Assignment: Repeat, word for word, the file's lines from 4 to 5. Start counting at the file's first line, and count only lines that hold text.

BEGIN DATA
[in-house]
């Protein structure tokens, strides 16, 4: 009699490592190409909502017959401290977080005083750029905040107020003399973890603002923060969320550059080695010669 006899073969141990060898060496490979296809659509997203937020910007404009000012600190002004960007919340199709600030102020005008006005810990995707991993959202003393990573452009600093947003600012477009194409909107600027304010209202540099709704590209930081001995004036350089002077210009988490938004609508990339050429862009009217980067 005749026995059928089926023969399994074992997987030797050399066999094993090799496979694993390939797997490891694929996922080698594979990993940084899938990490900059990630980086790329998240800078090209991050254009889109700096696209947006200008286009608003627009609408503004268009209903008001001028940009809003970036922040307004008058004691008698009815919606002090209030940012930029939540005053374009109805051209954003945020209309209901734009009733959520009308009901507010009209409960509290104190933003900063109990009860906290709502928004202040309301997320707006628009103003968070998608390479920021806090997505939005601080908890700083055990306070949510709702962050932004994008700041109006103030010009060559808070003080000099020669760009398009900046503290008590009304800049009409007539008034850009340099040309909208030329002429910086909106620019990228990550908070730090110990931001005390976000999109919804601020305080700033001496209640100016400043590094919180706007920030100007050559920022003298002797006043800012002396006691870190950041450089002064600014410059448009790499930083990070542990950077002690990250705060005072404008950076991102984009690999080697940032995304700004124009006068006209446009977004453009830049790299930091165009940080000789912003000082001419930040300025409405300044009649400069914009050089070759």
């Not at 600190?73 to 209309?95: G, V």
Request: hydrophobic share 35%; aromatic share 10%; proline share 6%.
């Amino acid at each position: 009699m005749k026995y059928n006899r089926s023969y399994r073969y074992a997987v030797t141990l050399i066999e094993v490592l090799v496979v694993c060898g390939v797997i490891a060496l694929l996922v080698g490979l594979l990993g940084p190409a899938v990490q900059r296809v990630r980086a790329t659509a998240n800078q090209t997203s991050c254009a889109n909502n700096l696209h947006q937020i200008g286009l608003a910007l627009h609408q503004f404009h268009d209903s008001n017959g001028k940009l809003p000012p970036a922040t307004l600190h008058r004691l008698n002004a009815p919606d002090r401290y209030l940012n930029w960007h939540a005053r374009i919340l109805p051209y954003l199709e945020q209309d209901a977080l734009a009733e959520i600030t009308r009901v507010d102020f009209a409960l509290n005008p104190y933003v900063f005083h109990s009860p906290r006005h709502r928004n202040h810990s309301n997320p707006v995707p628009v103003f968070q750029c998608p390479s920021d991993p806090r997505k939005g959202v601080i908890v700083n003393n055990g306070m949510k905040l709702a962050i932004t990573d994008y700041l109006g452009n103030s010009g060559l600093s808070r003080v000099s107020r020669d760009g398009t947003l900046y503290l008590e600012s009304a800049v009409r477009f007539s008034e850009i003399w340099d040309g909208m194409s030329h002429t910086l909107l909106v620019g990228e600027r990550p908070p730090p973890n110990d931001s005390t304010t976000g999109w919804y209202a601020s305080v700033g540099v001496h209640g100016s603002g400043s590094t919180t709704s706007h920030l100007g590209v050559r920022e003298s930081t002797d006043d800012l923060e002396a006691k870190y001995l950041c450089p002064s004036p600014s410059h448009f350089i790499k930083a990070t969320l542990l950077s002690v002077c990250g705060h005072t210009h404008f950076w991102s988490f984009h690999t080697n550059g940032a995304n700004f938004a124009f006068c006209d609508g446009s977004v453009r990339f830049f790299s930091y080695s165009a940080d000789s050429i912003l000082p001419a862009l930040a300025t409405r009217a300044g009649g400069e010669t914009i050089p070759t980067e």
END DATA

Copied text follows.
Request: hydrophobic share 35%; aromatic share 10%; proline share 6%.
């Amino acid at each position: 009699m005749k026995y059928n006899r089926s023969y399994r073969y074992a997987v030797t141990l050399i066999e094993v490592l090799v496979v694993c060898g390939v797997i490891a060496l694929l996922v080698g490979l594979l990993g940084p190409a899938v990490q900059r296809v990630r980086a790329t659509a998240n800078q090209t997203s991050c254009a889109n909502n700096l696209h947006q937020i200008g286009l608003a910007l627009h609408q503004f404009h268009d209903s008001n017959g001028k940009l809003p000012p970036a922040t307004l600190h008058r004691l008698n002004a009815p919606d002090r401290y209030l940012n930029w960007h939540a005053r374009i919340l109805p051209y954003l199709e945020q209309d209901a977080l734009a009733e959520i600030t009308r009901v507010d102020f009209a409960l509290n005008p104190y933003v900063f005083h109990s009860p906290r006005h709502r928004n202040h810990s309301n997320p707006v995707p628009v103003f968070q750029c998608p390479s920021d991993p806090r997505k939005g959202v601080i908890v700083n003393n055990g306070m949510k905040l709702a962050i932004t990573d994008y700041l109006g452009n103030s010009g060559l600093s808070r003080v000099s107020r020669d760009g398009t947003l900046y503290l008590e600012s009304a800049v009409r477009f007539s008034e850009i003399w340099d040309g909208m194409s030329h002429t910086l909107l909106v620019g990228e600027r990550p908070p730090p973890n110990d931001s005390t304010t976000g999109w919804y209202a601020s305080v700033g540099v001496h209640g100016s603002g400043s590094t919180t709704s706007h920030l100007g590209v050559r920022e003298s930081t002797d006043d800012l923060e002396a006691k870190y001995l950041c450089p002064s004036p600014s410059h448009f350089i790499k930083a990070t969320l542990l950077s002690v002077c990250g705060h005072t210009h404008f950076w991102s988490f984009h690999t080697n550059g940032a995304n700004f938004a124009f006068c006209d609508g446009s977004v453009r990339f830049f790299s930091y080695s165009a940080d000789s050429i912003l000082p001419a862009l930040a300025t409405r009217a300044g009649g400069e010669t914009i050089p070759t980067e």